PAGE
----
Clarinetist Keyona Carrington, a high school senior, has been involved with Peabody’s Tuned-In program since she was 8 years old. Tuned-In, which uses music as a catalyst for social change and youth empowerment, provides a tuition-free Peabody Preparatory education to Baltimore City Public Schools students.
When COVID-19 descended, curtailing the opportunity for in-person lessons and performances, Carrington and other students shifted to making digital music using a program called Soundtrap. The online program allows students and ensembles to arrange several pieces of music and other audio into new multitrack recordings.
It’s one of the many technological resources that Tuned-In has provided to enable students to continue with their music education during the pandemic. And it was made possible by a generous $1.25 million gift to the Tuned-In program last fall from William H. Miller III, a member of the Johns Hopkins University board of trustees.
Along with providing access to digital music tools like Soundtrap, as well as Logic and Ableton, Tuned-In has offered online lessons and camps, and helped with technology purchases for young musicians. Once the pandemic restrictions ease, Miller’s gift will continue to bolster the impact of the Tuned-In program by expanding summer programs to provide deeper engagement for students and families, and by strengthening the program’s ability to retain enrolled students by increasing investment in those at risk of attrition.
“I am delighted to be able to support Peabody’s Tuned-In program and its important work to nurture the next generation of musicians,” says Miller, a former Johns Hopkins philosophy student who went on to become a renowned investment manager at Legg Mason Capital Management Value Trust and the founder and chairman of Miller Value Partners.
Carrington says that of the seven pieces she has arranged through Soundtrap, she is most proud of her first. She mixed together several audio samples, including John Legend’s and Common’s Glory, Sweet Honey in the Rock’s Ain’t Gonna Let Nobody Turn Me Around, and a reading of Maya Angelou’s poetry. She also worked with a friend to create a visual element, a slide show with scenes from African American history, which accompanied the audio. The final piece was her response to police brutality and the injustices faced by the African American community.
Because of her new skills, Carrington, along with Tuned-In Founder Dan Trahey (BM ’00, Tuba, Music Education) and Director of Graduate Conducting Marin Alsop, also spoke about digital music and audio editing as part of the Creative Youth Development Online seminar sponsored by the League of American Orchestras — an experience that she says is “probably the biggest thing that came out of all that Peabody has done for me.”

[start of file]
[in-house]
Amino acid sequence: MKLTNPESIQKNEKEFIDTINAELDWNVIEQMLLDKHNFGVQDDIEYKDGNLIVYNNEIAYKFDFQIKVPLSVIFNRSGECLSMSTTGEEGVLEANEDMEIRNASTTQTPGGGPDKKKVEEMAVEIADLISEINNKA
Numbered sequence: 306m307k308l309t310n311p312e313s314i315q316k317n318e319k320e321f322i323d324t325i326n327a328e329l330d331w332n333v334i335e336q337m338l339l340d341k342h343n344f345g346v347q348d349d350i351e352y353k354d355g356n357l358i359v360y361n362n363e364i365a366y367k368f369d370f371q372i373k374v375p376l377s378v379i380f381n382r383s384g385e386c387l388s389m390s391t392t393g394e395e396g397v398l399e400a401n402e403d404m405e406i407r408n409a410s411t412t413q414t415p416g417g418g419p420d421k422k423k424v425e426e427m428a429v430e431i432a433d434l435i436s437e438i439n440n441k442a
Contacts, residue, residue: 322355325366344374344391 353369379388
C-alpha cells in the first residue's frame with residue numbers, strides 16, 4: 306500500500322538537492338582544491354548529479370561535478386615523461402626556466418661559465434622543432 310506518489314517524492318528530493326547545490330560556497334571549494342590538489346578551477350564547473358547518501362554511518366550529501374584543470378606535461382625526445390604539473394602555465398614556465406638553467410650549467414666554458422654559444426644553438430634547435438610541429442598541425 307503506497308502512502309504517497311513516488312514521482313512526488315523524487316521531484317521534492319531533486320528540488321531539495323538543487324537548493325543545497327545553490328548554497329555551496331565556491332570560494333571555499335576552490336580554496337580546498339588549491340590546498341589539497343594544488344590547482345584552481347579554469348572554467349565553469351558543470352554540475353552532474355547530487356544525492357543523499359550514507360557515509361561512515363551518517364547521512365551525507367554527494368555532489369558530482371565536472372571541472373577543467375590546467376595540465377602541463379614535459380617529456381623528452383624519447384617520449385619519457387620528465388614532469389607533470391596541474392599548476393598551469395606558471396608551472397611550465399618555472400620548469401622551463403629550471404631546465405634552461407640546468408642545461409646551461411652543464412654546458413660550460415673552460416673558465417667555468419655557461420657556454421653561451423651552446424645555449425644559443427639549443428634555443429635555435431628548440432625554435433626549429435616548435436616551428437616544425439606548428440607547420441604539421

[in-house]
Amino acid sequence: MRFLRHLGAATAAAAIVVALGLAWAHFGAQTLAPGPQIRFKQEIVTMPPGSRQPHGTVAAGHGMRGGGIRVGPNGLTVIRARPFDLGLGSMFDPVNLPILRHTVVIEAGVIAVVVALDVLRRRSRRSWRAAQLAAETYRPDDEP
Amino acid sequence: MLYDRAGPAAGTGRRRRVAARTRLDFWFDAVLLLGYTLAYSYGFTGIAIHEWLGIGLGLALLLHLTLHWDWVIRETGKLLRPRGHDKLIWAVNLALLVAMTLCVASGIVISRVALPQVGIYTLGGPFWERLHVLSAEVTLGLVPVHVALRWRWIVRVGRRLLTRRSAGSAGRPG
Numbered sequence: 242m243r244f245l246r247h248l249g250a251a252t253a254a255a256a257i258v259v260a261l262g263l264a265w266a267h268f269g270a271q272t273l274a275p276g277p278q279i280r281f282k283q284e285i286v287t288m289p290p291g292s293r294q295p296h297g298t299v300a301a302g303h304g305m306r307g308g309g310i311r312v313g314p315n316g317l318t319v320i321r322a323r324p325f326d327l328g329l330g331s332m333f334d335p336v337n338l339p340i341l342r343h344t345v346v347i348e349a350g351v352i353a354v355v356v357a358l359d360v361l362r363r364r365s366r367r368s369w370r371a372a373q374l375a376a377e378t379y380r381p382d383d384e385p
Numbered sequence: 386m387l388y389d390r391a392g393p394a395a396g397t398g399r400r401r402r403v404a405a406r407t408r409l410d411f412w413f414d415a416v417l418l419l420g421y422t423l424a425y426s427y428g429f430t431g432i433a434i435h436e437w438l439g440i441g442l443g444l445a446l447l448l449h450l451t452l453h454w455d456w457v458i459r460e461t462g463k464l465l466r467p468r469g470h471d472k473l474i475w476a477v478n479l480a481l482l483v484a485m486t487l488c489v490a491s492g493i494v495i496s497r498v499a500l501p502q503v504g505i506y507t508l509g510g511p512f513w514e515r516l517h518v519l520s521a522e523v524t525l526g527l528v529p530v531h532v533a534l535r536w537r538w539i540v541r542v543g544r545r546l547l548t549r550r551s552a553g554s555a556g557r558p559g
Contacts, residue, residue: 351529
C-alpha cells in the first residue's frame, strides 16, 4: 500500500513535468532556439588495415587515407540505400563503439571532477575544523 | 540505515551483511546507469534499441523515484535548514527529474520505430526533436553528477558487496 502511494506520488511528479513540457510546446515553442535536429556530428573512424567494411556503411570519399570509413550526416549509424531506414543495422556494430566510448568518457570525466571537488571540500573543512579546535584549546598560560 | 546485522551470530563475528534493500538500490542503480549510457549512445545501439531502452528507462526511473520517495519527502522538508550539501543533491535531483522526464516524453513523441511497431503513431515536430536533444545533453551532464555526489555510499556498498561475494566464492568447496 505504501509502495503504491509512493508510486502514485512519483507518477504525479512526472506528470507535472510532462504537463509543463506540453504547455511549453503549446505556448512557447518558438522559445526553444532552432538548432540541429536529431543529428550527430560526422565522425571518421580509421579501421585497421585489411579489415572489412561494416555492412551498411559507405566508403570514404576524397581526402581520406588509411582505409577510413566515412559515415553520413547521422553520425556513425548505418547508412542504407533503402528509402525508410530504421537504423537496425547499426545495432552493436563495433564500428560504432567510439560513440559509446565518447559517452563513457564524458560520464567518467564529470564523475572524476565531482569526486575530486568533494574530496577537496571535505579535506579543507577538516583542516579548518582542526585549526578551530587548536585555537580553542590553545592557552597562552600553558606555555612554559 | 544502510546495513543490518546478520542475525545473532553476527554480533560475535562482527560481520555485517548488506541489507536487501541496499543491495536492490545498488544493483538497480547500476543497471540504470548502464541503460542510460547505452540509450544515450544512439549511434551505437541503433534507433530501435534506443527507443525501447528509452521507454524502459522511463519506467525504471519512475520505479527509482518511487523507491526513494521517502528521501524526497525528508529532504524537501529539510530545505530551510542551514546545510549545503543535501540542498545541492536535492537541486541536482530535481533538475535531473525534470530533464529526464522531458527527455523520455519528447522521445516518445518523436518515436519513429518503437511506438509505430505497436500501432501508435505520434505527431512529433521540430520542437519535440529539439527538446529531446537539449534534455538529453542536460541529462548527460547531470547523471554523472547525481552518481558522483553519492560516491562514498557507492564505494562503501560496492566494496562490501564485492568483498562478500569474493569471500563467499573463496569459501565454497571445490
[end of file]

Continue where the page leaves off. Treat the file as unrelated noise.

Seventh-grader Jayden Moore has also been able to continue his musical studies — online private lessons once a week and group classes on Saturdays — thanks to the financial support provided by Miller’s gift. For Moore, having virtual music instruction now feels comfortable, just like his first class at Tuned-In when he was 10 years old.
“I remember being really nervous and I was like, ‘Oh man, I’m going to mess up,’ and ‘This is going to be a bunch of hard stuff because it’s Peabody,’” says Moore, now 14. “But when I got there, everyone was super nice. It really wasn’t too hard at all. And I was happy.”
The Tuned-In program will also be purchasing a computer for Moore, which he’ll be able to use for his lessons instead of his family’s computer. And last summer, he participated in a one-week online camp that focused mainly on ensemble theory. Moore and the other students learned about ensembles throughout history and were asked to think about their role in the Tuned-In ensemble and how they practice and prepare to be a part of it.
“I thought it was very clever how it was done,” says Carol Moore, Jayden Moore’s mother. “They couldn’t play together [in person]. But they talked a lot about how to play. And then, because of the features of Zoom, they were able to put the kids in smaller groups, so they still kept some of the social aspects. They were able to replicate camp online in a way that was very close to being together.”
By ensuring Tuned-In can flourish, Miller’s gift is also playing a part in cementing the future of classical music. “Peabody has a magical effect on a child’s life,” notes Taylor Hanex (BM ’75, MM ’78, Piano), Chair Emerita of the Peabody Institute Advisory Board and a member of the JHU board of trustees. “Bill Miller is a true giver, carrying on the work of George Peabody. His Tuned-In gift will change many lives — students and their families — and will have generational impact for decades.”